Ethan was abducted from his front yard when he was just seven years old. Now, at sixteen, he has returned to his family. It’s a miracle… at first. Then the tensions start to build. His reintroduction to his old life isn’t going smoothly, and his family is tearing apart all over again. If only Ethan could remember something, anything, about his life before, he’d be able to put the pieces back together. But there’s something that’s keeping his memory blocked. Something unspeakable…
Dead To You is a book that makes you question what you would do and how you would act in terrible circumstances. So while some of the characters make what seem at first to be dumb or terrible decisions and you initially want to scream at them for their actions, when you give it some thought you really start to wonder how you would behave given the same situation. And while the book poses the questions, it doesn’t offer any answers. It leaves it up to the reader to determine where their sympathies lie. It’s hard not to feel for Ethan, unreliable narrator that he is.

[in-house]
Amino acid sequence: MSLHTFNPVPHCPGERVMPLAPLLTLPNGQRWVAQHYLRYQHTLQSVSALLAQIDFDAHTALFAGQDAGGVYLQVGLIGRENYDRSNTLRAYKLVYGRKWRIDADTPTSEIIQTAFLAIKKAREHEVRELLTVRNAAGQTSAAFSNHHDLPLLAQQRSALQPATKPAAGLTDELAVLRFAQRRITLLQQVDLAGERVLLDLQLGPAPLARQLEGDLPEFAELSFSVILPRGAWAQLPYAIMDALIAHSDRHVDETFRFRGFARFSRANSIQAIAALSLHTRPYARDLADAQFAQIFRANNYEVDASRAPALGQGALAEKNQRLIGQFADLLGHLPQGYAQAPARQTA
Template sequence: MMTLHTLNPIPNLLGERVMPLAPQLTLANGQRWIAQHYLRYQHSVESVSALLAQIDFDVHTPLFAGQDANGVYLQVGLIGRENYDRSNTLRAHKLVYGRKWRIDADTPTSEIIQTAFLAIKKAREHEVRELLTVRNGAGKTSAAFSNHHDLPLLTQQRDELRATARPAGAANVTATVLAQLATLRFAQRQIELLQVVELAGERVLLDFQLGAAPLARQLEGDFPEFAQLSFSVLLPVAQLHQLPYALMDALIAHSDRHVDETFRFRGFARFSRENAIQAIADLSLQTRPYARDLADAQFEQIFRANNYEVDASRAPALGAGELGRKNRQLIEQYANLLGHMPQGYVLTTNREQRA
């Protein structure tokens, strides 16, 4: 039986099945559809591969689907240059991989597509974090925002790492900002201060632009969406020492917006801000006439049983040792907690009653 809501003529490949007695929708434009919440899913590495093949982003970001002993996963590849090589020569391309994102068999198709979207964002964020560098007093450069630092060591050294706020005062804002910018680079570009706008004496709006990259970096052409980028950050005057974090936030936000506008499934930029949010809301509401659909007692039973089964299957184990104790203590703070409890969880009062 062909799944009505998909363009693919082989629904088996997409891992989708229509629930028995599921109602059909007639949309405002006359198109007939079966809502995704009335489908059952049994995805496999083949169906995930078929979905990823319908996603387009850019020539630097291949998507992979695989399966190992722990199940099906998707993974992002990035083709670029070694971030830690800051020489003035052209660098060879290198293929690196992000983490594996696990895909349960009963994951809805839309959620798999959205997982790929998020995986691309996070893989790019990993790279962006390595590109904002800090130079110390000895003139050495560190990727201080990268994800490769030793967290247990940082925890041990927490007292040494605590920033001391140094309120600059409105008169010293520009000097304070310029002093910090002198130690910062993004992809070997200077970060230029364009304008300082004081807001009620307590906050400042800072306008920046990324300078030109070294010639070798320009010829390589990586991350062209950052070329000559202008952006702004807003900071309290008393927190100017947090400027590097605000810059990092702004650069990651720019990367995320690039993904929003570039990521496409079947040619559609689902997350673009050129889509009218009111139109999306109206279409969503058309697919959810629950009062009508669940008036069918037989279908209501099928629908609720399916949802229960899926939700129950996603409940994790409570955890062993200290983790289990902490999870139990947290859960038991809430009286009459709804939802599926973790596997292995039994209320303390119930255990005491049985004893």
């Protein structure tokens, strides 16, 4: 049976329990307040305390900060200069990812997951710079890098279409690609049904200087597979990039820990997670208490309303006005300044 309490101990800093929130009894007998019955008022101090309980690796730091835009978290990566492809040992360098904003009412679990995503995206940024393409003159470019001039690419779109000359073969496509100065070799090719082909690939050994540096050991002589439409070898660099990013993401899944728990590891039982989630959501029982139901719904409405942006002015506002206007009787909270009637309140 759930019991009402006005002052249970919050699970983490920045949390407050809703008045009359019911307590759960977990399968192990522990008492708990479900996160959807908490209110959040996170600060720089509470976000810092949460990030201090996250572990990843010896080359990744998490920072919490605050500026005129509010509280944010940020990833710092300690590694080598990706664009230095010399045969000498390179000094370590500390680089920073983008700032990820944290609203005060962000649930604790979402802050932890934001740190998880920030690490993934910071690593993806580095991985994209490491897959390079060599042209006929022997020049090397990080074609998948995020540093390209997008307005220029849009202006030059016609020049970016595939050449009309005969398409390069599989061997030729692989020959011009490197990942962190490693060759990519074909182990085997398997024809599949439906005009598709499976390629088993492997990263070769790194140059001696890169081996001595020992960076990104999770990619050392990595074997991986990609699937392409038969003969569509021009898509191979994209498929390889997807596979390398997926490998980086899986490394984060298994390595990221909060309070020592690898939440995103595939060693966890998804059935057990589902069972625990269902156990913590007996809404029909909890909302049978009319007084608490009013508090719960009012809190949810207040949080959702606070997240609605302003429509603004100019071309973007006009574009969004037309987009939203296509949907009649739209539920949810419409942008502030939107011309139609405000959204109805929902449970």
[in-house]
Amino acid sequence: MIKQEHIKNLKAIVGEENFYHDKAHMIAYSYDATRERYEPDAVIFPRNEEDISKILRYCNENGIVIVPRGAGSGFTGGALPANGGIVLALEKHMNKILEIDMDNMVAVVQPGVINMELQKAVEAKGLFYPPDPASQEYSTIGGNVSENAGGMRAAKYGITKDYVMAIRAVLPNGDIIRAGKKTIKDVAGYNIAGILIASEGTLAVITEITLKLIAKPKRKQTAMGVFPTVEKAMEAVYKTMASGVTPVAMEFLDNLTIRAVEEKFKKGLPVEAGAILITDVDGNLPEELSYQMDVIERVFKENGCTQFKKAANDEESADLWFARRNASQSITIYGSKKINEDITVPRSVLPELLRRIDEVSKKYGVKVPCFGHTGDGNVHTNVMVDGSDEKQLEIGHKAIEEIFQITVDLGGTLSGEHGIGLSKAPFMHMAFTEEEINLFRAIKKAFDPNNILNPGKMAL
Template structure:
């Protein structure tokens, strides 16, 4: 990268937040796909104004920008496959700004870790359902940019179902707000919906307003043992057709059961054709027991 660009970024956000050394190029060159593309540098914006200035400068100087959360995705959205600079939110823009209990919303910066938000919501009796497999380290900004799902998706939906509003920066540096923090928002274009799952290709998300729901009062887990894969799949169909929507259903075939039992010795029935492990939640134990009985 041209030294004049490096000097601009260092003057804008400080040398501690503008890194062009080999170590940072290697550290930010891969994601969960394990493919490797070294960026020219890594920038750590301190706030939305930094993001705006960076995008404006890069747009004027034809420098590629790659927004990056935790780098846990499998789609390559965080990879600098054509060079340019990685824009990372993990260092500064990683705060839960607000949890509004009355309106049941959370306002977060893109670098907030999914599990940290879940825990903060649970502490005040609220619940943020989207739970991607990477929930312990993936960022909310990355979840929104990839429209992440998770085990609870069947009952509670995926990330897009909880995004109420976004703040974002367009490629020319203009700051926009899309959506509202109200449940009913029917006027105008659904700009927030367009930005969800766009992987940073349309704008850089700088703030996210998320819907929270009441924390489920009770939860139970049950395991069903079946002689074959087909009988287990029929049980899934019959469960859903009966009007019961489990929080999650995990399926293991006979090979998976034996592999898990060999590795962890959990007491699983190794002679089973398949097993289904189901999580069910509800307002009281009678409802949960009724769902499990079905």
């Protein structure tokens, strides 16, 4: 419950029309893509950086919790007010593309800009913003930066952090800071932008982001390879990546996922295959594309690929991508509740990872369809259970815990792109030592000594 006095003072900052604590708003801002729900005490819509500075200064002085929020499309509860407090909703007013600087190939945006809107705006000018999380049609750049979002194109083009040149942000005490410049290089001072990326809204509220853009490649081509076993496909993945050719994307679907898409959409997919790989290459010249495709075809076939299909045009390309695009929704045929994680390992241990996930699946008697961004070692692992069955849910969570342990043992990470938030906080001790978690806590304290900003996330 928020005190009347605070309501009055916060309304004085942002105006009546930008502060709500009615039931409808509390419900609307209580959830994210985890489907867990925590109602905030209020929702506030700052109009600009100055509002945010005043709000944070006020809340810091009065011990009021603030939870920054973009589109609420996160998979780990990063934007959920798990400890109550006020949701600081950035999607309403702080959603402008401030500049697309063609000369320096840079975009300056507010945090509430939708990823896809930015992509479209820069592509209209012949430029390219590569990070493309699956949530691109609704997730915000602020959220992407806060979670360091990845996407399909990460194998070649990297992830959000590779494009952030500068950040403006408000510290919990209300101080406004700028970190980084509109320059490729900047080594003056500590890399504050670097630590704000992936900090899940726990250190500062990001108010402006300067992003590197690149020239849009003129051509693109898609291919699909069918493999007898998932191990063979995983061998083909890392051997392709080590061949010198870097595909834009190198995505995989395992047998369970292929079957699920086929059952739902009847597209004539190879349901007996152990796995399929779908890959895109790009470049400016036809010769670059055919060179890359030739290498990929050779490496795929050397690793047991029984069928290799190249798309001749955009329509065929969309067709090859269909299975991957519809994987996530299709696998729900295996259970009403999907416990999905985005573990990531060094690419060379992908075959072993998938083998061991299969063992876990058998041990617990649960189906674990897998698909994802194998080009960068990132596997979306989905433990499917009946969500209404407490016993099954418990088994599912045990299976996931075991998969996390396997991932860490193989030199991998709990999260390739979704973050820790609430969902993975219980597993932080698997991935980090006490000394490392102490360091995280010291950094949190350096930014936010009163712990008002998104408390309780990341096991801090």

Dead To You is not an easy or an uplifting book. It’s not meant to be a fairy tale or a happily ever after story. It’s a gritty look inside a broken family dealing with the tragic aftermath of child abduction. And frankly, it made me really glad that I’ m not a parent. I can only imagine what going through this stuff would feel like.
McMann’s writing is plain and to the point, and that’s not a criticism. It’s a positive, especially in a book like this. It’s stripped down and the opposite of flowery. She gets the point across with few extra words. It’s sparse and emotional, and recommended reading.